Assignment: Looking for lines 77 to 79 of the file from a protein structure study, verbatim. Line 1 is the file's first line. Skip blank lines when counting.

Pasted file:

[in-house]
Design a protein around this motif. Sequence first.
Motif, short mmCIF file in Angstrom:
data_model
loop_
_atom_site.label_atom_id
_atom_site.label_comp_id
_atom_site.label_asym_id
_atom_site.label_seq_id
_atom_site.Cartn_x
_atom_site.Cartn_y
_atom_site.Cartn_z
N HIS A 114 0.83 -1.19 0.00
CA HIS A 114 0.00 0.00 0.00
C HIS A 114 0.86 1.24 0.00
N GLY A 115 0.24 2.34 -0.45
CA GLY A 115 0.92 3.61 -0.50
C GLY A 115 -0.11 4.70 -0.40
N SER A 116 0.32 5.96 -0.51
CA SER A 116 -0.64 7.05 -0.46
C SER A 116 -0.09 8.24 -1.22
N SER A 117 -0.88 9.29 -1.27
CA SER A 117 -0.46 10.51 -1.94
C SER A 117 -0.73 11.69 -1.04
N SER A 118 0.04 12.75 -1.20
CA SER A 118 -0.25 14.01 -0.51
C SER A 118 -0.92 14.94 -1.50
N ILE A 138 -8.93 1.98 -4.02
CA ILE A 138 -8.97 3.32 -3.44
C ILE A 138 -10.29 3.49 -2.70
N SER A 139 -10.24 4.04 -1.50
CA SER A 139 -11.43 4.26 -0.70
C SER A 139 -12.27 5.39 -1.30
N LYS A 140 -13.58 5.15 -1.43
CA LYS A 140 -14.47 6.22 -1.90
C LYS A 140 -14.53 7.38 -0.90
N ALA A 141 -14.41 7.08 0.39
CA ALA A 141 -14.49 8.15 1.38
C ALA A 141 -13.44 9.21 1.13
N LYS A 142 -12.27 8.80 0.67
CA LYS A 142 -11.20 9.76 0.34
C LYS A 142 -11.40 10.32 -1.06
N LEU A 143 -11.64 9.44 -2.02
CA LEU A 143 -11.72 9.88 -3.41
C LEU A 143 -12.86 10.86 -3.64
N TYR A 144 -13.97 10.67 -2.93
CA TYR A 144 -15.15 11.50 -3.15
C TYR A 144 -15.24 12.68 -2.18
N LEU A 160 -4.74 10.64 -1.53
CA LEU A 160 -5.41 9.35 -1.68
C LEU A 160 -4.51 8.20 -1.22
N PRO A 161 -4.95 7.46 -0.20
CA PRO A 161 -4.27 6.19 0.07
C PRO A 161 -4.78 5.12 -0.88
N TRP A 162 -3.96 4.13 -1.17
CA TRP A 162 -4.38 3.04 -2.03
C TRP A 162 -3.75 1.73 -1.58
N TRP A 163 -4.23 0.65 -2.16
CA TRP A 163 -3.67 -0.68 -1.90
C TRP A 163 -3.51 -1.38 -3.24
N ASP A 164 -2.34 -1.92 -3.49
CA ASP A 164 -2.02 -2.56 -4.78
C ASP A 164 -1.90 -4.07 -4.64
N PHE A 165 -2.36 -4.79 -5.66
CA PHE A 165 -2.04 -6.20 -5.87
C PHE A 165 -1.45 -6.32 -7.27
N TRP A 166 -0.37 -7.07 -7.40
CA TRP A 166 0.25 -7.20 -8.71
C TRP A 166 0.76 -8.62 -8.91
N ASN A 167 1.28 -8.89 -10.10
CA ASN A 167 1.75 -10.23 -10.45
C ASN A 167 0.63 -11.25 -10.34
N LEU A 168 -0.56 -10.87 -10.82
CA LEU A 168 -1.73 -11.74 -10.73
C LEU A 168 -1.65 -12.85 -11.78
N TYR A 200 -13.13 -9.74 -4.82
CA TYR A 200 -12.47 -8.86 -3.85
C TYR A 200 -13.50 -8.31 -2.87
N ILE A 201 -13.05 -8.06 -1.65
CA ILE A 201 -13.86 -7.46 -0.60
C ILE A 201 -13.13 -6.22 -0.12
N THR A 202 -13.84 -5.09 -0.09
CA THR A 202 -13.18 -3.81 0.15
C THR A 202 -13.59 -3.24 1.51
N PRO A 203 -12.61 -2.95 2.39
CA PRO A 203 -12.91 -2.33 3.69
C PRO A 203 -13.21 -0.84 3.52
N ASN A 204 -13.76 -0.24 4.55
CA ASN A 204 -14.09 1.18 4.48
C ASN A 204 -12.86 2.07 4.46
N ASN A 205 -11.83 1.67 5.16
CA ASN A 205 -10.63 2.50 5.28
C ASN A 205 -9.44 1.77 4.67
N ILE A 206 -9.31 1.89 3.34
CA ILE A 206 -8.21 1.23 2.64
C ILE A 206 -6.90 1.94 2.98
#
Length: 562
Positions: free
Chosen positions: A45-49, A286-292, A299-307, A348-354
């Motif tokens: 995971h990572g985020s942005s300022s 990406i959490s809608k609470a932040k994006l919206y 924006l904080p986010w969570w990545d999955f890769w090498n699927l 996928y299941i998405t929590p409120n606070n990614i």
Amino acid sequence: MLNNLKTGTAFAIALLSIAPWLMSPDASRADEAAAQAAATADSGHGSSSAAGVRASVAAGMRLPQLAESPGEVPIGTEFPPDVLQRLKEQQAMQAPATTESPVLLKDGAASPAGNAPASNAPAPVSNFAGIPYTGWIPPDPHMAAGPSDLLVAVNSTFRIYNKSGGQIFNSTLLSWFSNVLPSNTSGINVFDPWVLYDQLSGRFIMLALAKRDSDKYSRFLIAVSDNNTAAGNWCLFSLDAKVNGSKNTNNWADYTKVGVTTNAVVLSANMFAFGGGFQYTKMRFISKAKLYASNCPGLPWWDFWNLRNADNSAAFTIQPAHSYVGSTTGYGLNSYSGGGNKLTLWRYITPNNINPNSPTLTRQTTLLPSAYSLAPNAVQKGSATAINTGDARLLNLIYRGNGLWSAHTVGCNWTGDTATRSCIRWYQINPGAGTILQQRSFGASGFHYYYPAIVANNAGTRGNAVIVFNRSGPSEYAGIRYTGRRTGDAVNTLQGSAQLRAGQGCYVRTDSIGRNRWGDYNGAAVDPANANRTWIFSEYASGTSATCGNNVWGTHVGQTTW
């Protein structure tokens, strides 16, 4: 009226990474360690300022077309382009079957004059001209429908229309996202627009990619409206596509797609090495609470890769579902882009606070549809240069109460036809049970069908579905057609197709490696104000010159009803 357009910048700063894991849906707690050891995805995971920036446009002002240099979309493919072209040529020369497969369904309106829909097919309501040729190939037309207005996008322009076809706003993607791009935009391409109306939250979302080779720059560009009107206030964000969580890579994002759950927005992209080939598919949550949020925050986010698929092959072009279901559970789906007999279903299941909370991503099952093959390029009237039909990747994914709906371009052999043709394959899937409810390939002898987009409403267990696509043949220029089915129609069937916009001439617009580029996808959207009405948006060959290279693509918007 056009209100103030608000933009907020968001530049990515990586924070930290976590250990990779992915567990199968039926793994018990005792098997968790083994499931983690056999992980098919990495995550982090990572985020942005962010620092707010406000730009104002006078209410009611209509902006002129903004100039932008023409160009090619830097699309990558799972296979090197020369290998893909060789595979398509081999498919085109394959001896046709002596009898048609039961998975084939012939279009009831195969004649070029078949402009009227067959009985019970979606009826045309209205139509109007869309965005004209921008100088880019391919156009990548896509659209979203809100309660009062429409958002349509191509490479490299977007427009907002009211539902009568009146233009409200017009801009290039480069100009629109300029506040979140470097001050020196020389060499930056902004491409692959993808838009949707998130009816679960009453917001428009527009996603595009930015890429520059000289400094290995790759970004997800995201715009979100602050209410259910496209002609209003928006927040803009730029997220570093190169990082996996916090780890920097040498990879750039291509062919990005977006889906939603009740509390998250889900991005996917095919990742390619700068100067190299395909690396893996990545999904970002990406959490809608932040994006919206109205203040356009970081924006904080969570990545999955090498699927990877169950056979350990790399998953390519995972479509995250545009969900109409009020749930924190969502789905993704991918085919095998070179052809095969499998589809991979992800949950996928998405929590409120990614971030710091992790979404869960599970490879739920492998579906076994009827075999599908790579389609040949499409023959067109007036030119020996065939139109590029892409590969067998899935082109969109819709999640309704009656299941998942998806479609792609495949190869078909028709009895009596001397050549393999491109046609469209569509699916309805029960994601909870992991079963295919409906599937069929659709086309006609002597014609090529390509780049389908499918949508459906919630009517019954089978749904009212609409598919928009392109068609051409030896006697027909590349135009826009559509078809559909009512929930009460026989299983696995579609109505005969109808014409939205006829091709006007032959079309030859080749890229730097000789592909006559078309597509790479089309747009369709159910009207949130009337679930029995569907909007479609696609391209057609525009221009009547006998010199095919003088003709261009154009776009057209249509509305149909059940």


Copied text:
CA TYR A 200 -12.47 -8.86 -3.85
C TYR A 200 -13.50 -8.31 -2.87
N ILE A 201 -13.05 -8.06 -1.65